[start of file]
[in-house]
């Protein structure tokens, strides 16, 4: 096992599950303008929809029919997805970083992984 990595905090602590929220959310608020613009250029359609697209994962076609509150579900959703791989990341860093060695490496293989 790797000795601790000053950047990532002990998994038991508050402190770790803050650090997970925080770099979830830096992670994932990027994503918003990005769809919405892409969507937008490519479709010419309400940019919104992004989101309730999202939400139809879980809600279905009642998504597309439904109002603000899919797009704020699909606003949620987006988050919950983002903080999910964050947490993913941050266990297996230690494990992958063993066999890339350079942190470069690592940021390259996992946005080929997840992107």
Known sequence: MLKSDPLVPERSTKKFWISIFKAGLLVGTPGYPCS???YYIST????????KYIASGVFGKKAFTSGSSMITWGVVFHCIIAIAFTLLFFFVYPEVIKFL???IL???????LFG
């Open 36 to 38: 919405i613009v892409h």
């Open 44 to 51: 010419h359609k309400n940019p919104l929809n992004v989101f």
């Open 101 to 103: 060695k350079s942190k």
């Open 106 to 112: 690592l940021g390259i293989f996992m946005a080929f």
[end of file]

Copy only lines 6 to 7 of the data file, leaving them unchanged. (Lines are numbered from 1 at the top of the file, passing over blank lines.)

């Open 101 to 103: 060695k350079s942190k």
């Open 106 to 112: 690592l940021g390259i293989f996992m946005a080929f």